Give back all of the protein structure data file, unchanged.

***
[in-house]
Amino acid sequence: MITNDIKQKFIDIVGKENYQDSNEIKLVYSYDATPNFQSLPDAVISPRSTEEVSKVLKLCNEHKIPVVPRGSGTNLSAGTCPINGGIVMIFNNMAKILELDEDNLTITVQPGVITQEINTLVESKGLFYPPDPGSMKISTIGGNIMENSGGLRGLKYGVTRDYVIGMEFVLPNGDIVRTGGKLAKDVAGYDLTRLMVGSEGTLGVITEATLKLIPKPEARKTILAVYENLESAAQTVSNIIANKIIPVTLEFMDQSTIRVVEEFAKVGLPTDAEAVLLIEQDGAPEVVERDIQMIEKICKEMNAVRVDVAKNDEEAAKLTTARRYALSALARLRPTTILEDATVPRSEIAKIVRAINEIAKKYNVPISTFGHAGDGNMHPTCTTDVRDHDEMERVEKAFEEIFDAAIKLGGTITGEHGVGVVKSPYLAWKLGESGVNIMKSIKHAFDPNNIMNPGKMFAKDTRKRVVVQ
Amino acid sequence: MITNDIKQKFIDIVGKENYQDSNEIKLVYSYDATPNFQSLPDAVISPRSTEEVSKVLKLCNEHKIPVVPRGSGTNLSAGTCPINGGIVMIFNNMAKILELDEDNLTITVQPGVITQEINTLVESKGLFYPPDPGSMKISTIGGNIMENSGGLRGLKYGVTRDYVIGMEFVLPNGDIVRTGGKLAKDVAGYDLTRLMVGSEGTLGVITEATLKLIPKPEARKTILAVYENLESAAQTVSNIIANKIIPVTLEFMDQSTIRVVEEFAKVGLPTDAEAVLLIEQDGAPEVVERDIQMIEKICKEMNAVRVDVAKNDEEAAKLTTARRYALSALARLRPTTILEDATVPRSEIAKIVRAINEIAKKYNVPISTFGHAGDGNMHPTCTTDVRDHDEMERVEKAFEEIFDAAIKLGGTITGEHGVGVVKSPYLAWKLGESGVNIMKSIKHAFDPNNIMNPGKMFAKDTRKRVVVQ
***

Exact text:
[in-house]
Amino acid sequence: MITNDIKQKFIDIVGKENYQDSNEIKLVYSYDATPNFQSLPDAVISPRSTEEVSKVLKLCNEHKIPVVPRGSGTNLSAGTCPINGGIVMIFNNMAKILELDEDNLTITVQPGVITQEINTLVESKGLFYPPDPGSMKISTIGGNIMENSGGLRGLKYGVTRDYVIGMEFVLPNGDIVRTGGKLAKDVAGYDLTRLMVGSEGTLGVITEATLKLIPKPEARKTILAVYENLESAAQTVSNIIANKIIPVTLEFMDQSTIRVVEEFAKVGLPTDAEAVLLIEQDGAPEVVERDIQMIEKICKEMNAVRVDVAKNDEEAAKLTTARRYALSALARLRPTTILEDATVPRSEIAKIVRAINEIAKKYNVPISTFGHAGDGNMHPTCTTDVRDHDEMERVEKAFEEIFDAAIKLGGTITGEHGVGVVKSPYLAWKLGESGVNIMKSIKHAFDPNNIMNPGKMFAKDTRKRVVVQ
Amino acid sequence: MITNDIKQKFIDIVGKENYQDSNEIKLVYSYDATPNFQSLPDAVISPRSTEEVSKVLKLCNEHKIPVVPRGSGTNLSAGTCPINGGIVMIFNNMAKILELDEDNLTITVQPGVITQEINTLVESKGLFYPPDPGSMKISTIGGNIMENSGGLRGLKYGVTRDYVIGMEFVLPNGDIVRTGGKLAKDVAGYDLTRLMVGSEGTLGVITEATLKLIPKPEARKTILAVYENLESAAQTVSNIIANKIIPVTLEFMDQSTIRVVEEFAKVGLPTDAEAVLLIEQDGAPEVVERDIQMIEKICKEMNAVRVDVAKNDEEAAKLTTARRYALSALARLRPTTILEDATVPRSEIAKIVRAINEIAKKYNVPISTFGHAGDGNMHPTCTTDVRDHDEMERVEKAFEEIFDAAIKLGGTITGEHGVGVVKSPYLAWKLGESGVNIMKSIKHAFDPNNIMNPGKMFAKDTRKRVVVQ